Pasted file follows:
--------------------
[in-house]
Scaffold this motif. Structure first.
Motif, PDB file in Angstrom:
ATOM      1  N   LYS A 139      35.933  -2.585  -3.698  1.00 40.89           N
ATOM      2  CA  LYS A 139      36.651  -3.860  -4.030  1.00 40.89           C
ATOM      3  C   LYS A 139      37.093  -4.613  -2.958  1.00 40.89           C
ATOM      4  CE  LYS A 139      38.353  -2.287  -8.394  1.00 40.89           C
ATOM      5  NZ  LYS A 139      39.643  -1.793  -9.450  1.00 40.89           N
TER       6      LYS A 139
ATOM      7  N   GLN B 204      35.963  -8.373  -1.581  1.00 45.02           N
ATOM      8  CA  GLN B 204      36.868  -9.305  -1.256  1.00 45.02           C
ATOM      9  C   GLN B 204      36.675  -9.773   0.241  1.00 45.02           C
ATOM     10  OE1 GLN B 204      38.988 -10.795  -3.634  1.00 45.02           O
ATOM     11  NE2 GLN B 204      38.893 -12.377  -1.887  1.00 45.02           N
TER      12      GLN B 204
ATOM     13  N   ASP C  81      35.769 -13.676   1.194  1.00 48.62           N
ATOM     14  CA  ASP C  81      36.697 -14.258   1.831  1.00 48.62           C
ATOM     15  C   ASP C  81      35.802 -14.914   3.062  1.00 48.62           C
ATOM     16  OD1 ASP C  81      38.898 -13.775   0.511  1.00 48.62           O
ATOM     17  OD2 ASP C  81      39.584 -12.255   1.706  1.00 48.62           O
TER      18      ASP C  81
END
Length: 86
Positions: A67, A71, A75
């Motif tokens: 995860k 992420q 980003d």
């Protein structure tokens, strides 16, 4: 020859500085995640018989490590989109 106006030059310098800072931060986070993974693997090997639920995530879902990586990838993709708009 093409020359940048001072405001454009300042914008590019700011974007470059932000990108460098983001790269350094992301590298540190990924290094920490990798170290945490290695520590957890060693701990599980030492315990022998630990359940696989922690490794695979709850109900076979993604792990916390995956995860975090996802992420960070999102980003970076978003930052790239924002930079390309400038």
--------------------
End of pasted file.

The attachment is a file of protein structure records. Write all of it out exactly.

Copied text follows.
[in-house]
Scaffold this motif. Structure first.
Motif, PDB file in Angstrom:
ATOM      1  N   LYS A 139      35.933  -2.585  -3.698  1.00 40.89           N
ATOM      2  CA  LYS A 139      36.651  -3.860  -4.030  1.00 40.89           C
ATOM      3  C   LYS A 139      37.093  -4.613  -2.958  1.00 40.89           C
ATOM      4  CE  LYS A 139      38.353  -2.287  -8.394  1.00 40.89           C
ATOM      5  NZ  LYS A 139      39.643  -1.793  -9.450  1.00 40.89           N
TER       6      LYS A 139
ATOM      7  N   GLN B 204      35.963  -8.373  -1.581  1.00 45.02           N
ATOM      8  CA  GLN B 204      36.868  -9.305  -1.256  1.00 45.02           C
ATOM      9  C   GLN B 204      36.675  -9.773   0.241  1.00 45.02           C
ATOM     10  OE1 GLN B 204      38.988 -10.795  -3.634  1.00 45.02           O
ATOM     11  NE2 GLN B 204      38.893 -12.377  -1.887  1.00 45.02           N
TER      12      GLN B 204
ATOM     13  N   ASP C  81      35.769 -13.676   1.194  1.00 48.62           N
ATOM     14  CA  ASP C  81      36.697 -14.258   1.831  1.00 48.62           C
ATOM     15  C   ASP C  81      35.802 -14.914   3.062  1.00 48.62           C
ATOM     16  OD1 ASP C  81      38.898 -13.775   0.511  1.00 48.62           O
ATOM     17  OD2 ASP C  81      39.584 -12.255   1.706  1.00 48.62           O
TER      18      ASP C  81
END
Length: 86
Positions: A67, A71, A75
């Motif tokens: 995860k 992420q 980003d």
């Protein structure tokens, strides 16, 4: 020859500085995640018989490590989109 106006030059310098800072931060986070993974693997090997639920995530879902990586990838993709708009 093409020359940048001072405001454009300042914008590019700011974007470059932000990108460098983001790269350094992301590298540190990924290094920490990798170290945490290695520590957890060693701990599980030492315990022998630990359940696989922690490794695979709850109900076979993604792990916390995956995860975090996802992420960070999102980003970076978003930052790239924002930079390309400038």